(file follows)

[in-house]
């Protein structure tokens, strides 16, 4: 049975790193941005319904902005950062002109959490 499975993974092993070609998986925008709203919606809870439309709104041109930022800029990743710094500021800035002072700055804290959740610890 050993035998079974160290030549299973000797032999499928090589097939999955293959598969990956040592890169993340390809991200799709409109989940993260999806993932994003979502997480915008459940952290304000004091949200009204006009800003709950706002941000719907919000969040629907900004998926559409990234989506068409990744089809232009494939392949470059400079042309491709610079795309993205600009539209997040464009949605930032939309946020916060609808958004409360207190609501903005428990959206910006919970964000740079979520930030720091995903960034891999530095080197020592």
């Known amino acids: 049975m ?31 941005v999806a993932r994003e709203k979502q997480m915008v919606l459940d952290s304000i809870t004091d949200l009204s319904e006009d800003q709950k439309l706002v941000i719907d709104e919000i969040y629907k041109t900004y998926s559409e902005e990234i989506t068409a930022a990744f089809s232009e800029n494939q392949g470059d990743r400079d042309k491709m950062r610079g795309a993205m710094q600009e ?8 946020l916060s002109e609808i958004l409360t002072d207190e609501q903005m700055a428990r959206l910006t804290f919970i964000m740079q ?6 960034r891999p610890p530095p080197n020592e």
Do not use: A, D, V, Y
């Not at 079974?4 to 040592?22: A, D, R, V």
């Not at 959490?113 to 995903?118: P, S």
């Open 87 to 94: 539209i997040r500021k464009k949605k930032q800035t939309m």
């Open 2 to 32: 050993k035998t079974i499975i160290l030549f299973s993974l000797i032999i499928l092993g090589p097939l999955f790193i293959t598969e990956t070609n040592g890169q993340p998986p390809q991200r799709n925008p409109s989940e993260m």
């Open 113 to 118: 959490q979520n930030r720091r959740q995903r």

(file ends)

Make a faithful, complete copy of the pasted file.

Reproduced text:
[in-house]
């Protein structure tokens, strides 16, 4: 049975790193941005319904902005950062002109959490 499975993974092993070609998986925008709203919606809870439309709104041109930022800029990743710094500021800035002072700055804290959740610890 050993035998079974160290030549299973000797032999499928090589097939999955293959598969990956040592890169993340390809991200799709409109989940993260999806993932994003979502997480915008459940952290304000004091949200009204006009800003709950706002941000719907919000969040629907900004998926559409990234989506068409990744089809232009494939392949470059400079042309491709610079795309993205600009539209997040464009949605930032939309946020916060609808958004409360207190609501903005428990959206910006919970964000740079979520930030720091995903960034891999530095080197020592």
């Known amino acids: 049975m ?31 941005v999806a993932r994003e709203k979502q997480m915008v919606l459940d952290s304000i809870t004091d949200l009204s319904e006009d800003q709950k439309l706002v941000i719907d709104e919000i969040y629907k041109t900004y998926s559409e902005e990234i989506t068409a930022a990744f089809s232009e800029n494939q392949g470059d990743r400079d042309k491709m950062r610079g795309a993205m710094q600009e ?8 946020l916060s002109e609808i958004l409360t002072d207190e609501q903005m700055a428990r959206l910006t804290f919970i964000m740079q ?6 960034r891999p610890p530095p080197n020592e």
Do not use: A, D, V, Y
């Not at 079974?4 to 040592?22: A, D, R, V």
């Not at 959490?113 to 995903?118: P, S």
């Open 87 to 94: 539209i997040r500021k464009k949605k930032q800035t939309m």
């Open 2 to 32: 050993k035998t079974i499975i160290l030549f299973s993974l000797i032999i499928l092993g090589p097939l999955f790193i293959t598969e990956t070609n040592g890169q993340p998986p390809q991200r799709n925008p409109s989940e993260m």
């Open 113 to 118: 959490q979520n930030r720091r959740q995903r």